Where To Get Help?
There are several ways to locate an assisted living facility in your area. Contact these organizations to find out if there are facilities in your area:
Eldercare Locator Service, which is part of the U.S. Administration on Aging, directs you you to the nearest agency on aging. You can connect with the Eldercare Locator Service via their web site or by phone (English and Spanish) at 1-800-677-1116.
Assisted Living Facilities Association of America offers a service to consumers to help locate nearby assisted living facilities.
Continuing Care Accreditation Commission and the Commission on the Accredidation of Rehabilitation Facilities act as the Consumer's Report of the CCRC world. They rate CCRC facilities based on their excellence, integrity, volunteerism, credibility, innovation, and independence. This website gives you as customers the inside track to finding the best of the best CCRC in America.
Nursing Homes are one of the most widely recognized types of housing for the elderly. They provide care for individuals who need nursing care without being in a hospital. A doctor supervises this type of care and state boards of health regulate these facilities. Nursing homes also offer short-term and respite care for those whom need rehabilitation care.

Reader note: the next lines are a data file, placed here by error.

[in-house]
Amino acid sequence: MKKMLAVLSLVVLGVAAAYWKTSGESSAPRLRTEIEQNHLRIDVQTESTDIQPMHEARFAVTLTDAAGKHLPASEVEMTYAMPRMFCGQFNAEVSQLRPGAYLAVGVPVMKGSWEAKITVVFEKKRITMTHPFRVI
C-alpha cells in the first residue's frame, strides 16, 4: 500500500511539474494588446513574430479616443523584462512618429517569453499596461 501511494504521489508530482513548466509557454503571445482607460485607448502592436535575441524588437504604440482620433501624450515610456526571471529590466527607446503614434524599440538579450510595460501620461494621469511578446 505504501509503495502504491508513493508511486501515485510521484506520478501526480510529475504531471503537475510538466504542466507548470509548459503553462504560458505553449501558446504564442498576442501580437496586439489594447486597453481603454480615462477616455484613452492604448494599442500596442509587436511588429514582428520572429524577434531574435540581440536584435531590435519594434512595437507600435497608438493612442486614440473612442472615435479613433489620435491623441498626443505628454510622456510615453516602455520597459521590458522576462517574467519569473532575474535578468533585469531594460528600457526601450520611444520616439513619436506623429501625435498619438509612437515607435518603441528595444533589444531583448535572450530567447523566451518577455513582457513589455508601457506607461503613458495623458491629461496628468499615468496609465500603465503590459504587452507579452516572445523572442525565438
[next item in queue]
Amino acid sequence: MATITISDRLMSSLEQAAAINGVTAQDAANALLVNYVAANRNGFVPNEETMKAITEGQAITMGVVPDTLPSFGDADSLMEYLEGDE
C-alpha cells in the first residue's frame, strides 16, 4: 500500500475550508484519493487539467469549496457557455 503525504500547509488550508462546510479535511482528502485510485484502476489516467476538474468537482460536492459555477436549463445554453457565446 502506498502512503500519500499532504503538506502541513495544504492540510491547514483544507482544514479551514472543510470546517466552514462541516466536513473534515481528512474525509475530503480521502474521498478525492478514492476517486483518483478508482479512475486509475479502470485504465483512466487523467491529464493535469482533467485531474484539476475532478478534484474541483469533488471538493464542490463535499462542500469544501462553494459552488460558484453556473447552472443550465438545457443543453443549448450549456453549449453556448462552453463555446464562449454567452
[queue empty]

Nursing Facilities Resources:
This web page offers information about Medicare and Medicaid supported nursing homes throughout America. It also offers a database to search for nursing homes in every state as well as good questions to ask about services offered and care provided
The Hartford Institute for Geriatric Nursing seeks to shape the quality of health care older Americans receive by promoting the highest level of geriatric competence in all nurses. By raising the standards of nursing care, the Hartford Institute aims to ensure that people age with optimal function, comfort and dignity.